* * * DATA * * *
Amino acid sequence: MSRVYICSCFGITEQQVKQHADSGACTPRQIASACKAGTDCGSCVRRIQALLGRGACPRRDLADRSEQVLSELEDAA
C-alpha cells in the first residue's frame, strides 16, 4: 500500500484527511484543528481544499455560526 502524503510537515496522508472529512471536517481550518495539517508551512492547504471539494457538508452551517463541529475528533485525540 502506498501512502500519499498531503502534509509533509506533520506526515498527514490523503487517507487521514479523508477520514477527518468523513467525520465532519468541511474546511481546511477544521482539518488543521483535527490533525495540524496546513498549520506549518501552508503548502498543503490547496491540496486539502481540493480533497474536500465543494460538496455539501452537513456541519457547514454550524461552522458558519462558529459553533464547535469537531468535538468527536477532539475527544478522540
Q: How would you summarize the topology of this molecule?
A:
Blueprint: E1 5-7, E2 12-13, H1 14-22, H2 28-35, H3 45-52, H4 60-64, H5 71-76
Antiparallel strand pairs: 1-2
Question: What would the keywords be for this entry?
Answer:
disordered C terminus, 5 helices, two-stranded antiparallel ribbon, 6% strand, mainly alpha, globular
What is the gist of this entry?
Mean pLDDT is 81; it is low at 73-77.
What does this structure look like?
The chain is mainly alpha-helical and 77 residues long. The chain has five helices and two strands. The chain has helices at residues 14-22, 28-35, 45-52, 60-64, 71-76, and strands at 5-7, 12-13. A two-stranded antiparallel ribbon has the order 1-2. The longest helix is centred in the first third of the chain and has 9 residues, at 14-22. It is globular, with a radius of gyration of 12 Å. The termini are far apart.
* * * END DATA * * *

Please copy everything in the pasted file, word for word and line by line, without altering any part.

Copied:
Amino acid sequence: MSRVYICSCFGITEQQVKQHADSGACTPRQIASACKAGTDCGSCVRRIQALLGRGACPRRDLADRSEQVLSELEDAA
C-alpha cells in the first residue's frame, strides 16, 4: 500500500484527511484543528481544499455560526 502524503510537515496522508472529512471536517481550518495539517508551512492547504471539494457538508452551517463541529475528533485525540 502506498501512502500519499498531503502534509509533509506533520506526515498527514490523503487517507487521514479523508477520514477527518468523513467525520465532519468541511474546511481546511477544521482539518488543521483535527490533525495540524496546513498549520506549518501552508503548502498543503490547496491540496486539502481540493480533497474536500465543494460538496455539501452537513456541519457547514454550524461552522458558519462558529459553533464547535469537531468535538468527536477532539475527544478522540
Q: How would you summarize the topology of this molecule?
A:
Blueprint: E1 5-7, E2 12-13, H1 14-22, H2 28-35, H3 45-52, H4 60-64, H5 71-76
Antiparallel strand pairs: 1-2
Question: What would the keywords be for this entry?
Answer:
disordered C terminus, 5 helices, two-stranded antiparallel ribbon, 6% strand, mainly alpha, globular
What is the gist of this entry?
Mean pLDDT is 81; it is low at 73-77.
What does this structure look like?
The chain is mainly alpha-helical and 77 residues long. The chain has five helices and two strands. The chain has helices at residues 14-22, 28-35, 45-52, 60-64, 71-76, and strands at 5-7, 12-13. A two-stranded antiparallel ribbon has the order 1-2. The longest helix is centred in the first third of the chain and has 9 residues, at 14-22. It is globular, with a radius of gyration of 12 Å. The termini are far apart.